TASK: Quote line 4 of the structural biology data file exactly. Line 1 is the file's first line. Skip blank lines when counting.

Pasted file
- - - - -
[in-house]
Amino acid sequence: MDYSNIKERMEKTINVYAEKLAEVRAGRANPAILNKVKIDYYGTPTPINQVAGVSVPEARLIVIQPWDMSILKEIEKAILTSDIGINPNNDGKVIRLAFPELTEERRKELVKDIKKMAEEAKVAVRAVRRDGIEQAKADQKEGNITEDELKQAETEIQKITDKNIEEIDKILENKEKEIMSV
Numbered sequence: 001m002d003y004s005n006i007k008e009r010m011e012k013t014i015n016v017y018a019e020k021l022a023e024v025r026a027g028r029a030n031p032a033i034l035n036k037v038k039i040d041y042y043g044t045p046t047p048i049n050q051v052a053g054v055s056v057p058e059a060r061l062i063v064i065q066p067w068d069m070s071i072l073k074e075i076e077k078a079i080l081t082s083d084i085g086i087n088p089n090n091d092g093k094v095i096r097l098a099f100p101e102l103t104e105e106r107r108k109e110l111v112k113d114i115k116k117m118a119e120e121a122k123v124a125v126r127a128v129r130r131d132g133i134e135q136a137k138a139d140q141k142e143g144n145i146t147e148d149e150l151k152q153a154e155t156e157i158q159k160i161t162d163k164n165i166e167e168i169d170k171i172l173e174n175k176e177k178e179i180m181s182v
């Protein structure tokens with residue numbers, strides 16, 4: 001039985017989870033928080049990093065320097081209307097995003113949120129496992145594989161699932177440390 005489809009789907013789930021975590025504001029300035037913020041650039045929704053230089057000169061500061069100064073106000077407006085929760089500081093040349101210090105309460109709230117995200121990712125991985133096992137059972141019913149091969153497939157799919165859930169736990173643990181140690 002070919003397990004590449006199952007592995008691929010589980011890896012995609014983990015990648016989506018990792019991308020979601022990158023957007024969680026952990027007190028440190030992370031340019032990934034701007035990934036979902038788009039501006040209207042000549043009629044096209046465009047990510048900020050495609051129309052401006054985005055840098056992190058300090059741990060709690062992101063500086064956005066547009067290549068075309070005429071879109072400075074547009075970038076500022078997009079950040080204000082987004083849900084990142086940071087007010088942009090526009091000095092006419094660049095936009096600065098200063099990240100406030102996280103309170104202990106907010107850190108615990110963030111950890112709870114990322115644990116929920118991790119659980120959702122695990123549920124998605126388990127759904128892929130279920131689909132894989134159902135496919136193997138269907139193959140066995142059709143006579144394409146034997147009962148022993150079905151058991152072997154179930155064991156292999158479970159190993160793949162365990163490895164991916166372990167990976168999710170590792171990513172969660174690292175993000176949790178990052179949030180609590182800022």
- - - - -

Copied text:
């Protein structure tokens with residue numbers, strides 16, 4: 001039985017989870033928080049990093065320097081209307097995003113949120129496992145594989161699932177440390 005489809009789907013789930021975590025504001029300035037913020041650039045929704053230089057000169061500061069100064073106000077407006085929760089500081093040349101210090105309460109709230117995200121990712125991985133096992137059972141019913149091969153497939157799919165859930169736990173643990181140690 002070919003397990004590449006199952007592995008691929010589980011890896012995609014983990015990648016989506018990792019991308020979601022990158023957007024969680026952990027007190028440190030992370031340019032990934034701007035990934036979902038788009039501006040209207042000549043009629044096209046465009047990510048900020050495609051129309052401006054985005055840098056992190058300090059741990060709690062992101063500086064956005066547009067290549068075309070005429071879109072400075074547009075970038076500022078997009079950040080204000082987004083849900084990142086940071087007010088942009090526009091000095092006419094660049095936009096600065098200063099990240100406030102996280103309170104202990106907010107850190108615990110963030111950890112709870114990322115644990116929920118991790119659980120959702122695990123549920124998605126388990127759904128892929130279920131689909132894989134159902135496919136193997138269907139193959140066995142059709143006579144394409146034997147009962148022993150079905151058991152072997154179930155064991156292999158479970159190993160793949162365990163490895164991916166372990167990976168999710170590792171990513172969660174690292175993000176949790178990052179949030180609590182800022």